Lender Junk Fees
For the most part, lender application fees are reasonable. But some lenders have been getting creative with fees. Some lenders will entice borrowers with a low application fee, then later make up for this by charging “junk fees” that show up somewhere else as part of the closing costs.
Hidden Junk Fees
Closing costs are fees and charges tacked on to the mortgage over and beyond the interest rate being quoted. They usually run between 6 and 8 percent of the mortgage amount being borrowed. Closing costs include attorney fees, title insurance and points. One point is equal to 1 percent of the mortgage amount borrowed and must be paid upfront at the closing. Only with FHA loans can points be financed along with the rest of the mortgage.
Where Did Junk Fees Get Started?
Junk fees came about because of the cut-throat competition created by the huge number of lenders competing for mortgage business around the country. Consumers care mostly about the rates and points and, when shopping around, that’s what people compare. A low application fee might be quoted and what was once part of the fee thrown into closing cost fees. (When business is slow, however, lenders seem to eliminate a number of these junk fees and closing costs to make their loans more attractive and competitive. A number of states have also been cracking down on what fees are called and what can be charged upfront.)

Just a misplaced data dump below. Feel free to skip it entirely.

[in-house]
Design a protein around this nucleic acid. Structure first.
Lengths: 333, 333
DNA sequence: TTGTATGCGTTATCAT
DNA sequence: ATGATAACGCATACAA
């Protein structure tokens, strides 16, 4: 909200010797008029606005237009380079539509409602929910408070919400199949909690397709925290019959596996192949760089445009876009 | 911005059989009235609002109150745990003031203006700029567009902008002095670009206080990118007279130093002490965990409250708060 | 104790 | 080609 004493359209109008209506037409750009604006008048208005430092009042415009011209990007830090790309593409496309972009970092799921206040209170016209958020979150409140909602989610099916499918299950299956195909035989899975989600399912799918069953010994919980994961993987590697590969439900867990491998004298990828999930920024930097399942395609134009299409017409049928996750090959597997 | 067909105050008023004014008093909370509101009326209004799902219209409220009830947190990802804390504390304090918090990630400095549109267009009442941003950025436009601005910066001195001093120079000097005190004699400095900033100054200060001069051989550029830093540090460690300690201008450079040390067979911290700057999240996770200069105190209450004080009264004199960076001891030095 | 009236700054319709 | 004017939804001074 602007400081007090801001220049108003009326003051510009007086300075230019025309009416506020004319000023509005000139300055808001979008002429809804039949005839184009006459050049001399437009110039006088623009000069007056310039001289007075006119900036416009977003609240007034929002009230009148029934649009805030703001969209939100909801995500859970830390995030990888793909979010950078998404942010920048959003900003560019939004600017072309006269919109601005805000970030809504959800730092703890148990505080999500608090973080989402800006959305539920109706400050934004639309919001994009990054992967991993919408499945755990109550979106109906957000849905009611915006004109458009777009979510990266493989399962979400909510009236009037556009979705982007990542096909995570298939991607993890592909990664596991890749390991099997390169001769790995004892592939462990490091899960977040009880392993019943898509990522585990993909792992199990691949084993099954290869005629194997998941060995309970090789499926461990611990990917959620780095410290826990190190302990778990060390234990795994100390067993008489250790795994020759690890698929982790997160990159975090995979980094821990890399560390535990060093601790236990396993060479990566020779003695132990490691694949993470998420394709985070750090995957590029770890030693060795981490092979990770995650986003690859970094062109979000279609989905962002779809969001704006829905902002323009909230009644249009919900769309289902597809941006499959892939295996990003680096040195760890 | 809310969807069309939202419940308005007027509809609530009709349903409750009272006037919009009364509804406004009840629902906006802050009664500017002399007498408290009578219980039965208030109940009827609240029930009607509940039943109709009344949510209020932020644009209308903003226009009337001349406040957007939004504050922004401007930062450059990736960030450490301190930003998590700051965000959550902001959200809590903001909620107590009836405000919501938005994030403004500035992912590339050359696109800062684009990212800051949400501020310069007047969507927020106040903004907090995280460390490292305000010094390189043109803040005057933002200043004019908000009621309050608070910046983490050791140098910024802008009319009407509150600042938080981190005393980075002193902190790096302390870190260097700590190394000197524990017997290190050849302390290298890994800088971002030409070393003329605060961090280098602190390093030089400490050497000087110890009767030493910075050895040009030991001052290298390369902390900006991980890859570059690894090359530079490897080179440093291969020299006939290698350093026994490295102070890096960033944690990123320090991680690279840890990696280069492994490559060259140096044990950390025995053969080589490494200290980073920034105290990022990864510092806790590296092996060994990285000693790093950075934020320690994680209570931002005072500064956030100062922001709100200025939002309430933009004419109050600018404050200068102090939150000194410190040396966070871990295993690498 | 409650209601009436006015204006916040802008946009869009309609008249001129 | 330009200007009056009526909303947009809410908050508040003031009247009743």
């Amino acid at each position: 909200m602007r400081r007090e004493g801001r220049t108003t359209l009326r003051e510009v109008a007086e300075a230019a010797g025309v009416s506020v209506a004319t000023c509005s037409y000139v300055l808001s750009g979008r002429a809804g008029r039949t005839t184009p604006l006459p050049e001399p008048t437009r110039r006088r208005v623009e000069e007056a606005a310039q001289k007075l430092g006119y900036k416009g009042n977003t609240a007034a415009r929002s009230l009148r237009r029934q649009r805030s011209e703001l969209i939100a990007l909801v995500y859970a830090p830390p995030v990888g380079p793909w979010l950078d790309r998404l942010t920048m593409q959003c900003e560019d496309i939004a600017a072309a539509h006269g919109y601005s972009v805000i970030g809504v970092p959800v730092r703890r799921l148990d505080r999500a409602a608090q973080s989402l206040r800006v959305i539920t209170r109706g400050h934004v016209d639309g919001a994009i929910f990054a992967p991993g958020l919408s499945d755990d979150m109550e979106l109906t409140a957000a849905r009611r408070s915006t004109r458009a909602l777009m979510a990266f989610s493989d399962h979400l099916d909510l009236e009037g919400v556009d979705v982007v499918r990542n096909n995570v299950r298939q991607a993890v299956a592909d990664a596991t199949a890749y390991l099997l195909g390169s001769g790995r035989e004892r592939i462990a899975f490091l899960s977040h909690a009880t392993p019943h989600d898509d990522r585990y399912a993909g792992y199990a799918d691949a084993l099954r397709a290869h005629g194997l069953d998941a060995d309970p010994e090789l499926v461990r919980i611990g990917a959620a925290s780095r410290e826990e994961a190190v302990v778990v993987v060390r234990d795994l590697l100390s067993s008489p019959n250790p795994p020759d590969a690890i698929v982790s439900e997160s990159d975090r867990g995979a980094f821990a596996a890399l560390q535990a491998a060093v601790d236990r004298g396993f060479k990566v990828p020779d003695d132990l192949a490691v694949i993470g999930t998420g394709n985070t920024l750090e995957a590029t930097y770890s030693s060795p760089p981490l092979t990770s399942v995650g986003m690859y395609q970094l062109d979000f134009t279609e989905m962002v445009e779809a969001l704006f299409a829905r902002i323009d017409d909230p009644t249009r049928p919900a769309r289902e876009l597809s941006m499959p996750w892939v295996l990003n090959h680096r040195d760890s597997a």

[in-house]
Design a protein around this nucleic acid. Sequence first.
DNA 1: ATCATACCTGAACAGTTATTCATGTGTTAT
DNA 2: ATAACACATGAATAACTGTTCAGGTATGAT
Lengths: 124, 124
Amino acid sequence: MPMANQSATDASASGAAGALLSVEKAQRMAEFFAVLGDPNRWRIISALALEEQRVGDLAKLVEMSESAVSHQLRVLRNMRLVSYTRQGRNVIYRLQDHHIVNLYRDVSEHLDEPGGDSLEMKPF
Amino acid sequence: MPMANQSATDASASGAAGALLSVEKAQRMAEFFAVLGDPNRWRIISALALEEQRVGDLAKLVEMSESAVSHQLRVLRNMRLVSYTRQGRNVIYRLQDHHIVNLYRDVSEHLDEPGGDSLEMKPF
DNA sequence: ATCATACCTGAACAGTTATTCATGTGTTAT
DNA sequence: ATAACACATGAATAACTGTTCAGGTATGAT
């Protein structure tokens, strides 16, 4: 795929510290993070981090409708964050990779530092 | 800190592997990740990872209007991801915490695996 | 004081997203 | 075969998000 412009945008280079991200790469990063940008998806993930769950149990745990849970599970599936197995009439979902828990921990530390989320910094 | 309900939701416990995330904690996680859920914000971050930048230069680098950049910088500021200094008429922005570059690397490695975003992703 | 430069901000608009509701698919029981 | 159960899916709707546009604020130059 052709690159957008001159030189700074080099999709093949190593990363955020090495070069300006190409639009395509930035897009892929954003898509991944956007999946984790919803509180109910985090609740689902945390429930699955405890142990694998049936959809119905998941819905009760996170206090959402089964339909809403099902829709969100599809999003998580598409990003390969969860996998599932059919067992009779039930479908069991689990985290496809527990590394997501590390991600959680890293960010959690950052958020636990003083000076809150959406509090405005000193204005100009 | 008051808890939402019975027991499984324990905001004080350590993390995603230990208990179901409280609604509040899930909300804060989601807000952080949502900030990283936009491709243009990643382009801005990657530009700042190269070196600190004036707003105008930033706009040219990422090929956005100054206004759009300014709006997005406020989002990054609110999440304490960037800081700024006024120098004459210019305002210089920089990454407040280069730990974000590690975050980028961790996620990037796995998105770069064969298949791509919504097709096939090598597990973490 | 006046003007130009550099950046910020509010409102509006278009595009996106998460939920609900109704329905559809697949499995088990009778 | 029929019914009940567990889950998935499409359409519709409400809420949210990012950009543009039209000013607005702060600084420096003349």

A favorite fee of most lenders is the “document preparation fee.” This fee can cost as much as several hundred dollars, and it covers nothing more than a secretary typing up the loan’s paperwork.
Donald Henig, a past president of the National Association of Mortgage Brokers, has seen lenders charge $25 for flood certification, where an independent agency checks to see if a property is in a flood zone. The cost to the lender for this is roughly half that amount.
Ask T. J. Lamb, T.J. Lamb Real Estate, about mortgage options when purchasing Kansas City.
This Home Buying Tip was excerpted from:
J. K. Lasser’s Guide to Buying Your First Home, by Joe Catalano, J. K. Lasser Institute, a division of Simon & Schuster, Inc., 1993